Real Madrid star Cristiano Ronaldo and Barcelona striker Lionel Messi topped the Forbes magazine list of the world’s highest-paid athletes on Wednesday in the wake of boxer Floyd Mayweather’s retirement and back surgery for golfer Tiger Woods.
The annual list of total revenues for top sports stars had been topped 12 times by Woods and in three of the last four by Mayweather, who retired unbeaten last year.
This year, 31-year-old Portugal forward Ronaldo topped the list at $88 million (77.2 million euros) with $56 million in salary and $32 million more from endorsement deals.
The three-time FIFA player of the year is a marketing juggernaut with a new Nike deal worth $13 million annually plus endorsement partners such as Tag Heuer and Herbalife plus his own lines of suits, cologne, shirts, shoes, underwear and hotels.
Messi, who sat out Argentina’s opening victory at the Copa America Centenario this week, was next at $81.4 million, with $28 million of that from sponsorships.
LeBron James, who leads the Cleveland Cavaliers against defending champion Golden State in the ongoing NBA Finals, was third on the list and tops among Americans with $77.2 million. He has endorsement deals of $54 million, including a lifetime pact with Nike that could pay off to the tune of $1 billion, and $23.2 million in club salary.
James made his movie debut in “Trainwreck” last year and is set to star in the sequel to the 1996 Michael Jordan film “Space Jam” as well as take a huge salary boost next year when the NBA’s new $24 billion television deal starts.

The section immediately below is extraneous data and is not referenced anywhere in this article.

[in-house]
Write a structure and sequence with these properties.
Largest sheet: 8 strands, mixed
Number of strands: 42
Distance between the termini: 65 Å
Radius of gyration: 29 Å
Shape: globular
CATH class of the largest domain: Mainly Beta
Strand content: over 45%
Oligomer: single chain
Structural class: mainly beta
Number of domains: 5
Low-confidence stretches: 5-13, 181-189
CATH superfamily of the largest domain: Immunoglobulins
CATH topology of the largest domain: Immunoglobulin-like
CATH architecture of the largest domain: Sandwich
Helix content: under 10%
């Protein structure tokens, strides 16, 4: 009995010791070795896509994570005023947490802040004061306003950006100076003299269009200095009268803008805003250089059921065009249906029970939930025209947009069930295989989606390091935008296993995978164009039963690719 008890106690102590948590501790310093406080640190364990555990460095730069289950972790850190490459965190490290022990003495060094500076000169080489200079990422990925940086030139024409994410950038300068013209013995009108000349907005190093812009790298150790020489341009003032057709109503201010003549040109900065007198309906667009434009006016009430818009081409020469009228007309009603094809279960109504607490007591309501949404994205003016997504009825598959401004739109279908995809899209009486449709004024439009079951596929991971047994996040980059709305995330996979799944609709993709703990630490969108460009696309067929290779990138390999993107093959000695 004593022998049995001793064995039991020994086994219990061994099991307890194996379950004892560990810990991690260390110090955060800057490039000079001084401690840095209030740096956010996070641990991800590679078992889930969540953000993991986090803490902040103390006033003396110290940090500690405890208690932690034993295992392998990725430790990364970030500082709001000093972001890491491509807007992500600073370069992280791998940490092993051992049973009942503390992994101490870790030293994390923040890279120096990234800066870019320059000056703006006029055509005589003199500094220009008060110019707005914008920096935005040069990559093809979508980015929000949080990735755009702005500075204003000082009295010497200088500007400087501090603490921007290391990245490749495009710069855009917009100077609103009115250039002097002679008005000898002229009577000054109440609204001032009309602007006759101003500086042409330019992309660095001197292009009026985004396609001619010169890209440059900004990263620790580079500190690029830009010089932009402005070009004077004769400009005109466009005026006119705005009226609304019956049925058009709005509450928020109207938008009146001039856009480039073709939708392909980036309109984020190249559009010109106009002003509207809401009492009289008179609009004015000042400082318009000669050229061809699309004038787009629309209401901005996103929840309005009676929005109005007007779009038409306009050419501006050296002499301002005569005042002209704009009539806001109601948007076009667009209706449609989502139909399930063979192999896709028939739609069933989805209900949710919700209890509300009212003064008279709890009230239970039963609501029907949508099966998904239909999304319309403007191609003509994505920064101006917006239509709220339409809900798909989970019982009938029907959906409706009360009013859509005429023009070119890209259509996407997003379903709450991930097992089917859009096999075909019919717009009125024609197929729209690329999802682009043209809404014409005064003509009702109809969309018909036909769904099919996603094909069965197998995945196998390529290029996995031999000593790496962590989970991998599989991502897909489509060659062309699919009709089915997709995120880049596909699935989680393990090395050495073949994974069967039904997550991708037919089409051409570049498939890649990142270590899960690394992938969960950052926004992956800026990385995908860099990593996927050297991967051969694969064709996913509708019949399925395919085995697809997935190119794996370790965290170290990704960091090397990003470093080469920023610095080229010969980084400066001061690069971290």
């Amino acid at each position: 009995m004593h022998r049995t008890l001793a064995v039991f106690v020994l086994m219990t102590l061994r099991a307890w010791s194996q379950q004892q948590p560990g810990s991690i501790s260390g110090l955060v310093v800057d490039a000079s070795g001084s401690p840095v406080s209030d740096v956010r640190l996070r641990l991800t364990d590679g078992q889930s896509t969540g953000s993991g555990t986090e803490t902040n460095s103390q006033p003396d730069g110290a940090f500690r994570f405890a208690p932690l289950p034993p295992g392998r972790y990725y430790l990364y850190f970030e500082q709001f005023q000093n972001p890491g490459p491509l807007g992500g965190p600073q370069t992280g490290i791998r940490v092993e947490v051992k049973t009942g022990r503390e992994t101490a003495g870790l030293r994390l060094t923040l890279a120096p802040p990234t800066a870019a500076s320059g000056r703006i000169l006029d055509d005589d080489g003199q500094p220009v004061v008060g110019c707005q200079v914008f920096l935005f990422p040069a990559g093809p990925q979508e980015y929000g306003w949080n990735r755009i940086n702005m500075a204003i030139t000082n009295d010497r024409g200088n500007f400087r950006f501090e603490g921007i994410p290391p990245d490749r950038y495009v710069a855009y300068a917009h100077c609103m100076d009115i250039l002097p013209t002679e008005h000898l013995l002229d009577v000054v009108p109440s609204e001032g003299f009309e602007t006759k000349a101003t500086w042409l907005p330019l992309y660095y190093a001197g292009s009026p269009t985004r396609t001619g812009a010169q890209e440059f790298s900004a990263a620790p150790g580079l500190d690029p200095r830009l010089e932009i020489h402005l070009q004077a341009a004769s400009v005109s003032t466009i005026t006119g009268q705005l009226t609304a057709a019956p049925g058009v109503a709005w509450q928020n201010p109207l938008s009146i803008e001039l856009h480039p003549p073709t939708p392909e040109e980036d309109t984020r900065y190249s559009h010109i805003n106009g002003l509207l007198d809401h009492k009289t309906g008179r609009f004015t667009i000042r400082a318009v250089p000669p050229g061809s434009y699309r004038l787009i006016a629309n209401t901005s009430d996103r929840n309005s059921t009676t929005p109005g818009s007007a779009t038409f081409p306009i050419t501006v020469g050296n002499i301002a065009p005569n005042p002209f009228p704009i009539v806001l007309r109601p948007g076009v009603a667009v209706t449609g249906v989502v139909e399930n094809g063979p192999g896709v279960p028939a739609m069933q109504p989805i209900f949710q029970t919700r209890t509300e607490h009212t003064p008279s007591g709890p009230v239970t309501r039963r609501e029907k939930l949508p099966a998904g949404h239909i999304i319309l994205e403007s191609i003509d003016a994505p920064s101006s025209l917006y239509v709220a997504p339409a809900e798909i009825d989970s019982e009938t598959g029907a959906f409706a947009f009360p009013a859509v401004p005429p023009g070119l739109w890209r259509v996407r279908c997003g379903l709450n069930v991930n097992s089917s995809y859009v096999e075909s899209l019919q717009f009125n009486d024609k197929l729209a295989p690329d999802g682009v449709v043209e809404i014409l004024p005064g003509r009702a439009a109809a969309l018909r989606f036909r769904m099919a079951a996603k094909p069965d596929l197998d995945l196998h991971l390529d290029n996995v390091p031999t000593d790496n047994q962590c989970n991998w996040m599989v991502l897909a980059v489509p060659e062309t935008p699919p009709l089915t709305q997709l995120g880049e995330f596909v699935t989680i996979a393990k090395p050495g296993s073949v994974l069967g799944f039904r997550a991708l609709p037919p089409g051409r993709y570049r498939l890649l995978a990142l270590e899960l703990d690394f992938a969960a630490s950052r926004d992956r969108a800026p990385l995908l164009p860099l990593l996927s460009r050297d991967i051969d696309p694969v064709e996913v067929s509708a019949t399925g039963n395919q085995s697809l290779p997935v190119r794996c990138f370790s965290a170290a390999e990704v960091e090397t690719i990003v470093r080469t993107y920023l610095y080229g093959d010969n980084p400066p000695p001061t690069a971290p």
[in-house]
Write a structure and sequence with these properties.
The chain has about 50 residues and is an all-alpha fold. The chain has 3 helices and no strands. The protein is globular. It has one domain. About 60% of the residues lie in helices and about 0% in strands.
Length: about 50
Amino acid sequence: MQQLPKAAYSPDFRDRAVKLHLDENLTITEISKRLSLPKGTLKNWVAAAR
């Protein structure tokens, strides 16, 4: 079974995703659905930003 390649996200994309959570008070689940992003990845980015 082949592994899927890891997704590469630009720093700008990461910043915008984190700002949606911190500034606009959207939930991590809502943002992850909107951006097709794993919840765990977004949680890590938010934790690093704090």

Golden State’s Stephen Curry, the NBA Most Valuable Player and scoring champion, shared 69th on $23.6 million with world number one golfer Jason Day of Australia.
Roger Federer, the Swiss tennis star with a record 17 men’s Grand Slam singles titles, was fourth on $67.8 million. He set the pace in sponsor income at $60 million.
– Top 100 make $3.15 billion –
Television rights fee hikes helped fuel team sport stars, boosting the top-100 cutoff to $20.8 million, $2 million more than last year. The study time frame runs for the 12 months ending one week ago.
The top 100 include 65 Americans and athletes from 22 other nations encompassing 10 sports, with the most from baseball at 26. Together the top 100 took home a combined $3.15 billion, 29 percent of it from endorsements and appearances.
The 2015 leaders, Mayweather and Filipino icon Manny Pacquiao, both sank with the end of their ring careers. Mayweather dipped to 16th with $44 million in earnings while Pacquiao was 63rd at $24 million.
World number one Serena Williams, runner-up at this years French and Australian Opens, was the highest earning woman at $28.9 million, 40th overall, with doping-banned Russian tennis star Maria Sharapova 88th on $21.9 million.
Sixth overall on the list was Serbian Novak Djokovic, who cracked the top 10 for the first time at $55.8 million, with $34 million in endorsements. Djokovic won the French Open last Sunday to claim his fourth consecutive men’s Grand Slam singles title and complete a career Grand Slam.
Kobe Bryant, the Los Angeles Lakers star who retired after this past season, was 10th on $50 million, evenly split between salary and sponsorships.
British Formula One racer Lewis Hamilton was 11th on $46 million, only $4 million from endorsements.
Former world number one Woods, a 14-time major golf champion, was 12th on $45.3 million, all but about $274,000 of it from sponsorship deals.
Northern Ireland golfer Rory McIlroy was 17th at $42.6 million, Spanish tennis star Rafael Nadal and Brazilian footballer Neymar shared 21st at $37.5 million.
Jamaica’s Usain Bolt, who seeks more Olympic athletics sprint gold in two months at Rio, was 32nd at $32.5 million.